I used hurdle rate in a very loose manner, sorry for the confusion. If there are otherwise no other required rates then an example of "hurdle rate" would be 0%, meaning, the project is expected to be net profitable. But then as mentioned I have ever worked in corporate finance and so please excuse my incorrect usage of terminology.
Aug
9
comment How popular is the IRR as a tool for capital budgeting, nowadays?
Without knowing for sure I would reckon that IRR is still used in one form or the other because in the end IRR really just measures some kind of "hurdle rate" and the question becomes is this a return that overcomes the cost of funding, the required return, a competing return. In the end that is what most everyone is concerned about whether it be personal finance, trading, funding, capital budgeting. But it is just a hunch and definitely does not qualify as answer so maybe someone with direct knowledge can add more value...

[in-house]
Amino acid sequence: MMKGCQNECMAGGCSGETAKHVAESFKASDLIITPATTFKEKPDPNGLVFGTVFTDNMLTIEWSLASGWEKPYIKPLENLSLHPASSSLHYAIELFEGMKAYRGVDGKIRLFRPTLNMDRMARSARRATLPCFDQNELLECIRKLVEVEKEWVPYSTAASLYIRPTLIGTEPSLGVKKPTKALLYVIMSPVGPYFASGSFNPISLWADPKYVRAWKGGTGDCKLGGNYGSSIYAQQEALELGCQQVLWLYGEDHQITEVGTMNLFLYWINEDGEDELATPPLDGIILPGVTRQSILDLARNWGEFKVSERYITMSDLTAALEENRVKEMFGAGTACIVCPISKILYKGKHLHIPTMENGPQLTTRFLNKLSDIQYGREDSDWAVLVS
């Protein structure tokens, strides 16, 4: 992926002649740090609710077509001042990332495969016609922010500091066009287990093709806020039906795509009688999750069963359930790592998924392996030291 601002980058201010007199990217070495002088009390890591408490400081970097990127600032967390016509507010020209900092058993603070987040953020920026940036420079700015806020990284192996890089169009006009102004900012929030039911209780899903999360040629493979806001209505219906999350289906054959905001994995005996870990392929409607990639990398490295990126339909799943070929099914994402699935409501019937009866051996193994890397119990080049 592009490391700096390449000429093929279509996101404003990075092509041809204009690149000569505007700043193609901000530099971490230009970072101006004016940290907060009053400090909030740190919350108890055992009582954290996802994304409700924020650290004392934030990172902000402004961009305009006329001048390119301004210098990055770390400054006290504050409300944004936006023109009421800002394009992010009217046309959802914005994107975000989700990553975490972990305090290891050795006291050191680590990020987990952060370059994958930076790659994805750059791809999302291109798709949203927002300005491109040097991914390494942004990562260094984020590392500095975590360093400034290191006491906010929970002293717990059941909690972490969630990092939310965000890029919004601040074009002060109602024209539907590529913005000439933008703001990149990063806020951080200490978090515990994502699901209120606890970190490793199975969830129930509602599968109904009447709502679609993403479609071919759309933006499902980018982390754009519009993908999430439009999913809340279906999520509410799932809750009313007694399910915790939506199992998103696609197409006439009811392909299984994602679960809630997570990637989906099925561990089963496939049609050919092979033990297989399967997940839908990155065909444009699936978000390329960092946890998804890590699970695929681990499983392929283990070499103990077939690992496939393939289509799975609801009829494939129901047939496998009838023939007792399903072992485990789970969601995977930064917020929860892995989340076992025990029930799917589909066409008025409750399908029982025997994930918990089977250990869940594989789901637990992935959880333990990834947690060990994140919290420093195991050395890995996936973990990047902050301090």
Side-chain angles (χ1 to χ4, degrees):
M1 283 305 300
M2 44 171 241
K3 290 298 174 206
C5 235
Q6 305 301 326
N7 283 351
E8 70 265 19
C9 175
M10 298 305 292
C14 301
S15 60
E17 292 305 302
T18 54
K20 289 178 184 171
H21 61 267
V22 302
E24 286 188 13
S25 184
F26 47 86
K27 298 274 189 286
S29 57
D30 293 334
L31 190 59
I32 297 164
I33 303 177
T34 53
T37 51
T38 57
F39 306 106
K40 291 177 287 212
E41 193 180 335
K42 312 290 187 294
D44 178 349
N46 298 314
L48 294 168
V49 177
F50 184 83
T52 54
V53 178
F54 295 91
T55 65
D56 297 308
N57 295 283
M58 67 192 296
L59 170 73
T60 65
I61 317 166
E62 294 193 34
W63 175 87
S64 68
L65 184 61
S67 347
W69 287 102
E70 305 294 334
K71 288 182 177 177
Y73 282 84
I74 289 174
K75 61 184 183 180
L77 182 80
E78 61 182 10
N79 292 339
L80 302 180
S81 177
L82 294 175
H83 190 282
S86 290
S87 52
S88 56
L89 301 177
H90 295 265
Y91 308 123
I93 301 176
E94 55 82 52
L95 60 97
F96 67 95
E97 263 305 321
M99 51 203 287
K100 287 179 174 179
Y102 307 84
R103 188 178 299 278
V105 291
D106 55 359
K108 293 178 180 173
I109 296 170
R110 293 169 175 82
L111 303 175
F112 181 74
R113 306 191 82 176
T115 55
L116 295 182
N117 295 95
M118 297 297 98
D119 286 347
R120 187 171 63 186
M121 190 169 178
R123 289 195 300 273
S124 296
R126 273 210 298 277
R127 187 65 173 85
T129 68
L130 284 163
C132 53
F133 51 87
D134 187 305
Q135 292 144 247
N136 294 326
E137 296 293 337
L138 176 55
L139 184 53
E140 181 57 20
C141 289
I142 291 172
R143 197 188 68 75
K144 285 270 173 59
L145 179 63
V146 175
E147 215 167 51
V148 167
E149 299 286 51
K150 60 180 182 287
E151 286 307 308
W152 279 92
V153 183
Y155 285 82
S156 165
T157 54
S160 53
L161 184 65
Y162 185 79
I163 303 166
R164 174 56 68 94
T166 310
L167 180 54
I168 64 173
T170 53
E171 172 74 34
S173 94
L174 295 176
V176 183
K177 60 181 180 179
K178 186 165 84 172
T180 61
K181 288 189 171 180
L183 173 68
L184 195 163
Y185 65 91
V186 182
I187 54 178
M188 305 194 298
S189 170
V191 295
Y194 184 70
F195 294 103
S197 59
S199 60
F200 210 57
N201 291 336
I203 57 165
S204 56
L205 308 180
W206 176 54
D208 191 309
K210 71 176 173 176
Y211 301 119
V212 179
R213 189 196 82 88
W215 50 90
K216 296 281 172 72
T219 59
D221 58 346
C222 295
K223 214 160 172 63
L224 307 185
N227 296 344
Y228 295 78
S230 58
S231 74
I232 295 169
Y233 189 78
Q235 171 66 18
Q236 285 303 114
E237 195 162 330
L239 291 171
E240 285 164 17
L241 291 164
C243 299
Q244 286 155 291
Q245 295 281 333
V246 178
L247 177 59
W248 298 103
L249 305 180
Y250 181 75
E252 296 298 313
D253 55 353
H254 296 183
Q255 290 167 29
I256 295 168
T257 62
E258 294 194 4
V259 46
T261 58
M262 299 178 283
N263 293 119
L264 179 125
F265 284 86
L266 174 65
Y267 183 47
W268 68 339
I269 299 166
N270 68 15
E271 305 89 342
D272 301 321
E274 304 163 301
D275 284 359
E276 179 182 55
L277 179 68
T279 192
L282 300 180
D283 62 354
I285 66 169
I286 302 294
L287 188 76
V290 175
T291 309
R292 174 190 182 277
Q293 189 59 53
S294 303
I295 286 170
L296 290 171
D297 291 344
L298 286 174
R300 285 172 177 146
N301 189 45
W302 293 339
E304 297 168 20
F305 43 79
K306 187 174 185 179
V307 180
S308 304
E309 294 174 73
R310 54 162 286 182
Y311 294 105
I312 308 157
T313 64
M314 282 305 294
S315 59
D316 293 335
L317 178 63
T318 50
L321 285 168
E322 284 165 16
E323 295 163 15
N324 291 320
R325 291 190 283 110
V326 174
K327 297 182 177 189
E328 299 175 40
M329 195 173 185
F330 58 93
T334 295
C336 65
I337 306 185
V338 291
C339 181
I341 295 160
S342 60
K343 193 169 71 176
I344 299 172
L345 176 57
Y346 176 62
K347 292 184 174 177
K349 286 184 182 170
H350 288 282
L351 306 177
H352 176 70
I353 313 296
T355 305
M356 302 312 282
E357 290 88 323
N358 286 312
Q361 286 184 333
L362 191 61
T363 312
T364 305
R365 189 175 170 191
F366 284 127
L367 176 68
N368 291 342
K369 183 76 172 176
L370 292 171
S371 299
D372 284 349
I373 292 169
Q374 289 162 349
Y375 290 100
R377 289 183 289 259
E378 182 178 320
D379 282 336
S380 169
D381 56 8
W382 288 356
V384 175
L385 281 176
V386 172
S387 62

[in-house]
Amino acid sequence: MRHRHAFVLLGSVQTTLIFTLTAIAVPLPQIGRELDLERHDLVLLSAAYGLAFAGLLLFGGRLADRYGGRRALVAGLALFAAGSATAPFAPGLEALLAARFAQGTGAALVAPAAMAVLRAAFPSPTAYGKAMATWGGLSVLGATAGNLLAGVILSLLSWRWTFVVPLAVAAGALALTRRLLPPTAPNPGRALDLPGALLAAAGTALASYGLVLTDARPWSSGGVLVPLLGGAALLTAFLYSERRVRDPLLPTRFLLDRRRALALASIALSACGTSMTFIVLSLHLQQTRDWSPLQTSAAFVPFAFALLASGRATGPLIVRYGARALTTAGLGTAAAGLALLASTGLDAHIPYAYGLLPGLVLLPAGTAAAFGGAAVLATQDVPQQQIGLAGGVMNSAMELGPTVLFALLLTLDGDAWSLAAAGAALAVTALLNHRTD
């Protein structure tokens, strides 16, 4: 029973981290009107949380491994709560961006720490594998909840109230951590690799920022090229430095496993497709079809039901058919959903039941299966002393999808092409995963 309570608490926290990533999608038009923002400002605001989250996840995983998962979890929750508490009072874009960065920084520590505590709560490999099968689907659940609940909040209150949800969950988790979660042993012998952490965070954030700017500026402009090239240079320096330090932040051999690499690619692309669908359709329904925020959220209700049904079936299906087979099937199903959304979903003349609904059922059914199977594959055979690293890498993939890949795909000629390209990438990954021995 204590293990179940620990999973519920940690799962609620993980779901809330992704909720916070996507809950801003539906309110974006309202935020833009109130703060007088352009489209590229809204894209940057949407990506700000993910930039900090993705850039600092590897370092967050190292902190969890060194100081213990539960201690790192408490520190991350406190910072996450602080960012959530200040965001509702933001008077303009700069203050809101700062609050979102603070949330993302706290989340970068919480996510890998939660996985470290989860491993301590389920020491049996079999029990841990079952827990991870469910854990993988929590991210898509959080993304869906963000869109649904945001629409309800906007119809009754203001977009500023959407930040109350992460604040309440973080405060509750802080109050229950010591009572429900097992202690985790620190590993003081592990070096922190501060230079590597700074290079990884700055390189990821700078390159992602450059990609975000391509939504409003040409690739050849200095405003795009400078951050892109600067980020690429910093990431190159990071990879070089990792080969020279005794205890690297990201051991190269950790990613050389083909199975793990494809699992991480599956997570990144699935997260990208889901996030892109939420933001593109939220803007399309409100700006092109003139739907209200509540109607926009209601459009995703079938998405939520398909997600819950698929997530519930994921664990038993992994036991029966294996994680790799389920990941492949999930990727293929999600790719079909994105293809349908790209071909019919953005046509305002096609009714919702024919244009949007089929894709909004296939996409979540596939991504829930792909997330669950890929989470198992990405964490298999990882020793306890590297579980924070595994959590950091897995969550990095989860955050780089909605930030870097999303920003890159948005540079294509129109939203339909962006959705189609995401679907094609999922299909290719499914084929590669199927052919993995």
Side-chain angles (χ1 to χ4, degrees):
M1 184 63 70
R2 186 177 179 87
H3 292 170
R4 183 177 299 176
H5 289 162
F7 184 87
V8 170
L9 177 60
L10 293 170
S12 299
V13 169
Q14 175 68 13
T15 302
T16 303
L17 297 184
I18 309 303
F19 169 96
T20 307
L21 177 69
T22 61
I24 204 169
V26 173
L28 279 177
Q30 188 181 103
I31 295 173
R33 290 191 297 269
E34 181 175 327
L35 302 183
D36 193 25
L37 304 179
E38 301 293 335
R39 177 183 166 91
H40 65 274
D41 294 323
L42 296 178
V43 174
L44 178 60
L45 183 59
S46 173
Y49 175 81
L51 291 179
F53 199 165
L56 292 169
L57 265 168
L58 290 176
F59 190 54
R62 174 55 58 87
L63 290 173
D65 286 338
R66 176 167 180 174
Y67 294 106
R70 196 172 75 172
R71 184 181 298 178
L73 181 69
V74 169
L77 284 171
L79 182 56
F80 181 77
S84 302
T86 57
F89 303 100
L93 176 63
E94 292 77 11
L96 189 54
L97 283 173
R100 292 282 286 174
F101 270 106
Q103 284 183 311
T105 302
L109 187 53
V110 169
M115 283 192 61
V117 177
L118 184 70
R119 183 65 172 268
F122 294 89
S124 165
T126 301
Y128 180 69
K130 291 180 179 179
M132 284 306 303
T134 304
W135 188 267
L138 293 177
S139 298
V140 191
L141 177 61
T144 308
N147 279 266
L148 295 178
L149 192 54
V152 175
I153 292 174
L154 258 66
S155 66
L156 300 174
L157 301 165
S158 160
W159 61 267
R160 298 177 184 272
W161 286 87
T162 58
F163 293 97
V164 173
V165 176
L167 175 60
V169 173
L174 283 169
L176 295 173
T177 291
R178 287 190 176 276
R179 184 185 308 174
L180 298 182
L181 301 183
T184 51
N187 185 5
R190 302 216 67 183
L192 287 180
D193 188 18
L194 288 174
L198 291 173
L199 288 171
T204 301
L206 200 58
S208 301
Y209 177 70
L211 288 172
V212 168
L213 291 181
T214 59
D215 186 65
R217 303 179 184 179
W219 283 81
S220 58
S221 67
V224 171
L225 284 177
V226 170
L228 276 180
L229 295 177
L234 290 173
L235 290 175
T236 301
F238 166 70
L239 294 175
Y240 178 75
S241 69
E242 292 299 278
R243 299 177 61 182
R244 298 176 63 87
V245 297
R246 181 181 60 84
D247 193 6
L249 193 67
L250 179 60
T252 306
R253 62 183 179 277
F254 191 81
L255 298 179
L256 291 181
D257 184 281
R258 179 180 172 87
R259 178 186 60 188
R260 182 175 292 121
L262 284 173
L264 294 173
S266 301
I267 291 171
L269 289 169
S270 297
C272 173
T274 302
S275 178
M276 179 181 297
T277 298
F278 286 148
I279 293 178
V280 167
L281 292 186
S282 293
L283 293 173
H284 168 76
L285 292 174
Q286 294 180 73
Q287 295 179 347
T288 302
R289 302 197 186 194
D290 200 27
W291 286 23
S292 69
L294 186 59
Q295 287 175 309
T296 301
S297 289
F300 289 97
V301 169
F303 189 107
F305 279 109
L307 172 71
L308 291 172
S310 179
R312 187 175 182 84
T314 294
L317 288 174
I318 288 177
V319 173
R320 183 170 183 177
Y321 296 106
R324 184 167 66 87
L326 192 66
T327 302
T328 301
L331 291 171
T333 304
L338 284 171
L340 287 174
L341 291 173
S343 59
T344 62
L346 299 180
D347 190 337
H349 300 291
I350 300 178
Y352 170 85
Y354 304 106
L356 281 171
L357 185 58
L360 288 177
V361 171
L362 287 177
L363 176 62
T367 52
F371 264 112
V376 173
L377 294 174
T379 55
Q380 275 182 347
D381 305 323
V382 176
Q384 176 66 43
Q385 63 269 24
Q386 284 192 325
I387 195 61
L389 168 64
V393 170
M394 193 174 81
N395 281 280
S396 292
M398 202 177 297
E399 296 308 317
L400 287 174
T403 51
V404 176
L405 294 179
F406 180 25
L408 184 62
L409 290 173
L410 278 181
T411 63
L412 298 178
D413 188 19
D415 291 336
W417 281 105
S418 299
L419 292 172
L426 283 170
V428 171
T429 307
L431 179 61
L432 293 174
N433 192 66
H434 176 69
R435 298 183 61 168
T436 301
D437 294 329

Aug
8
comment Industry convention to track trading performance against market indices?
Unless I have overlooked something no assumption was made how the closing account balance reflects deposits and withdrawals and thus I made the assumption that it was adjusted higher by deposits and lower by withdrawals and that d/w are made post trading each day. Will edit to be more specific about the assumptions. Thanks for pointing out.
Aug
7
comment Is there a strong solution to $\frac{dS}{S}=\sigma(S)dw$?
I hope someone else understands what you are asking and trying to explain.
Aug
7
comment Is there a strong solution to $\frac{dS}{S}=\sigma(S)dw$?
Ok, and why would you have a different volatility if S is < or > 1?
Aug
7
comment Is there a strong solution to $\frac{dS}{S}=\sigma(S)dw$?